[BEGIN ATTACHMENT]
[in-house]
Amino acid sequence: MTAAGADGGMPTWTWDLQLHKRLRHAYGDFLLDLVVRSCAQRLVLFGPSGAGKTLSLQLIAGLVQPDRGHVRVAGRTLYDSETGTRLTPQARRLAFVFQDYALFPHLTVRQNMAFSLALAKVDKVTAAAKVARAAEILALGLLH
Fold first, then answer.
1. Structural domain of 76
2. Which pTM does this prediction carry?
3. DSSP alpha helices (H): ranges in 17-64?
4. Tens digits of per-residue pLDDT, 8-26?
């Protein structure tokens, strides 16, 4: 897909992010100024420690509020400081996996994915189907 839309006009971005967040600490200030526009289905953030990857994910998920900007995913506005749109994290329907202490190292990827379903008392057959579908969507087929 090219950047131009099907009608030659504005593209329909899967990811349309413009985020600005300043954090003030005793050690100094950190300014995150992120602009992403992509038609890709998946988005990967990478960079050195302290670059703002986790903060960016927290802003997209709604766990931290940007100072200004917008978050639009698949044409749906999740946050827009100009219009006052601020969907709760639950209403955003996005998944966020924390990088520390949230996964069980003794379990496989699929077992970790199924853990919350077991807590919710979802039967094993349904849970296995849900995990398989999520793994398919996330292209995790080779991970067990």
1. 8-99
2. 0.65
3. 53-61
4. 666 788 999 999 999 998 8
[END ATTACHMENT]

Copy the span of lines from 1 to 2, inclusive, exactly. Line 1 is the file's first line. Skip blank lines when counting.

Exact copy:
[in-house]
Amino acid sequence: MTAAGADGGMPTWTWDLQLHKRLRHAYGDFLLDLVVRSCAQRLVLFGPSGAGKTLSLQLIAGLVQPDRGHVRVAGRTLYDSETGTRLTPQARRLAFVFQDYALFPHLTVRQNMAFSLALAKVDKVTAAAKVARAAEILALGLLH